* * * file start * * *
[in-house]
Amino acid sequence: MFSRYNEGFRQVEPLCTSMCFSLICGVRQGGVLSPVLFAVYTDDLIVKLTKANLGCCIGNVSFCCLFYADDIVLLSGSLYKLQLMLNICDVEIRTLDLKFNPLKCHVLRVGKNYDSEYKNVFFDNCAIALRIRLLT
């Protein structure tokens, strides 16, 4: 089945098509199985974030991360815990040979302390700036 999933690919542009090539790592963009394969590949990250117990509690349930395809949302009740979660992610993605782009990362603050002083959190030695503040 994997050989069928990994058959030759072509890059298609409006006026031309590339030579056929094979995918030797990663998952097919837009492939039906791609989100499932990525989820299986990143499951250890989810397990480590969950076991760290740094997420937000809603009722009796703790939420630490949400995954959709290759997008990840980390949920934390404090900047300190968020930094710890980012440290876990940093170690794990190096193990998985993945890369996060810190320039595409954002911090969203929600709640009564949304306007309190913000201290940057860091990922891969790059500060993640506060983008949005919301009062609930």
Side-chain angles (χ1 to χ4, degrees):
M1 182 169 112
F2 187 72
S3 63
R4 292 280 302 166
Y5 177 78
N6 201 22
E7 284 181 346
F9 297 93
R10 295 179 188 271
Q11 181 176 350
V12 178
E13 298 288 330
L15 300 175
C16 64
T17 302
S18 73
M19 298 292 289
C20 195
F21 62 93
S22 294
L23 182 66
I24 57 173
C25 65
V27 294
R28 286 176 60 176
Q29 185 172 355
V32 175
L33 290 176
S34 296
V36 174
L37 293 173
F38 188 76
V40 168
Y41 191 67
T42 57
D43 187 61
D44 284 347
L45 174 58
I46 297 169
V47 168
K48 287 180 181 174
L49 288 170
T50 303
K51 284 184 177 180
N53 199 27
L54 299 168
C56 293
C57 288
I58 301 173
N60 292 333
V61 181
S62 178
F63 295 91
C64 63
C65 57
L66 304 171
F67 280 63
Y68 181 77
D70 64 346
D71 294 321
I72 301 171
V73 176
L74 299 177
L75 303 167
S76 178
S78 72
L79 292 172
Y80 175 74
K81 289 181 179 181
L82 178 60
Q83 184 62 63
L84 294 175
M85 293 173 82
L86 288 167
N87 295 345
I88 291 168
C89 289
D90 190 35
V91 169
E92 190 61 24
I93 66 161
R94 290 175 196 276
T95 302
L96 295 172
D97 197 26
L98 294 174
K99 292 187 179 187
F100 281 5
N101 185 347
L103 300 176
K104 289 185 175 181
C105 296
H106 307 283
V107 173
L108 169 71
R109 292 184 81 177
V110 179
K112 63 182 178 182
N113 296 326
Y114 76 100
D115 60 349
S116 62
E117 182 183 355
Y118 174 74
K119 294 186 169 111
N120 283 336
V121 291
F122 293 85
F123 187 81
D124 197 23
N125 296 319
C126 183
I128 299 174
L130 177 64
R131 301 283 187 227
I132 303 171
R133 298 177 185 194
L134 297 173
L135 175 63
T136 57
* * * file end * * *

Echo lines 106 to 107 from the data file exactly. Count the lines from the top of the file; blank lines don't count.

S116 62
E117 182 183 355